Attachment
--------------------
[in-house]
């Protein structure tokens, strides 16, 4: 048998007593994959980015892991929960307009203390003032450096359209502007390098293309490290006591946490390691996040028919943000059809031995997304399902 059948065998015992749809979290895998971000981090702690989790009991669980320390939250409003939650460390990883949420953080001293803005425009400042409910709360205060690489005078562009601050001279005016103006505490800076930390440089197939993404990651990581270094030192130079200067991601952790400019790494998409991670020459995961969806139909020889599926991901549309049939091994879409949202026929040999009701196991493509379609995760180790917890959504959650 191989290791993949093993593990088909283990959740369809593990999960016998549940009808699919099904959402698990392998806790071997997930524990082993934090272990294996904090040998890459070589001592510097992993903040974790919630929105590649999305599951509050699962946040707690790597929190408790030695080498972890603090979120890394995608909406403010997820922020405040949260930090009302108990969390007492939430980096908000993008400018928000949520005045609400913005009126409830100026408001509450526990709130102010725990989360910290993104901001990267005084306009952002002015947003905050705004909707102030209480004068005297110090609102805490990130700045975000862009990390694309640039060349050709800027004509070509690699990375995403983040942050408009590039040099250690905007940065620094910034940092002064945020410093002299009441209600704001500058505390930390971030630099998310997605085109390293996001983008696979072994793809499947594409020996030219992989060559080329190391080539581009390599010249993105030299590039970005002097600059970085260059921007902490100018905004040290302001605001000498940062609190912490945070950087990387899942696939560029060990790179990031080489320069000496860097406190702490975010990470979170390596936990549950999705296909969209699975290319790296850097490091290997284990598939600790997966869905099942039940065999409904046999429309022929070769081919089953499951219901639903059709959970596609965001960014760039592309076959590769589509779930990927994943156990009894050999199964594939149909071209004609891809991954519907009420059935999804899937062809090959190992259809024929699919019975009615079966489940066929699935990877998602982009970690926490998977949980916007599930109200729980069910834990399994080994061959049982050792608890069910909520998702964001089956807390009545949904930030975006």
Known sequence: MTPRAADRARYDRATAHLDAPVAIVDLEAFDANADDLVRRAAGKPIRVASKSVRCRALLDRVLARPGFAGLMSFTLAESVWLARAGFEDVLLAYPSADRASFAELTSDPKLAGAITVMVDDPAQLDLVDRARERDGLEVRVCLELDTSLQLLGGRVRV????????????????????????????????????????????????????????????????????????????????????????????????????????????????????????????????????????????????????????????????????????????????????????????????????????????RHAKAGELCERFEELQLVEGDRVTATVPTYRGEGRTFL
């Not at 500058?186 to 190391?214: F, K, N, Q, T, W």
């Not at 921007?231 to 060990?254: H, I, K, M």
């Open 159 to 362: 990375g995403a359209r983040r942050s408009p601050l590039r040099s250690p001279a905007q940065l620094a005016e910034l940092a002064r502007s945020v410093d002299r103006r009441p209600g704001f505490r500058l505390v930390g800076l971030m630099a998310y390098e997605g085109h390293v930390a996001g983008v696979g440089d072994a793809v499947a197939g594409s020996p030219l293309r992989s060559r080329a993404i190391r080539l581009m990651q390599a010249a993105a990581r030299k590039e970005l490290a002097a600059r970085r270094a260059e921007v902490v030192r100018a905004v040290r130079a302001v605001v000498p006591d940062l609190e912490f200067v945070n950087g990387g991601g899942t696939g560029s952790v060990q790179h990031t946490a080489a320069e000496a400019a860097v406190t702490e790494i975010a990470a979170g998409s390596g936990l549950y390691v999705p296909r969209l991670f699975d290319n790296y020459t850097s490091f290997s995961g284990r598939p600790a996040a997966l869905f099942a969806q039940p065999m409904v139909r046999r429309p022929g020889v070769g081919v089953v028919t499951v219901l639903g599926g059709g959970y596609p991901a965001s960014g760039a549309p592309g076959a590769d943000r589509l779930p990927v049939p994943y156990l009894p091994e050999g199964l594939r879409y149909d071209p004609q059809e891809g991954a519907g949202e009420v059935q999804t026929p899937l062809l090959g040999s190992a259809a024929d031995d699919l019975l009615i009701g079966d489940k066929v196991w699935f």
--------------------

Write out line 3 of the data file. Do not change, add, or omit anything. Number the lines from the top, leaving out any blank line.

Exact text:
Known sequence: MTPRAADRARYDRATAHLDAPVAIVDLEAFDANADDLVRRAAGKPIRVASKSVRCRALLDRVLARPGFAGLMSFTLAESVWLARAGFEDVLLAYPSADRASFAELTSDPKLAGAITVMVDDPAQLDLVDRARERDGLEVRVCLELDTSLQLLGGRVRV????????????????????????????????????????????????????????????????????????????????????????????????????????????????????????????????????????????????????????????????????????????????????????????????????????????RHAKAGELCERFEELQLVEGDRVTATVPTYRGEGRTFL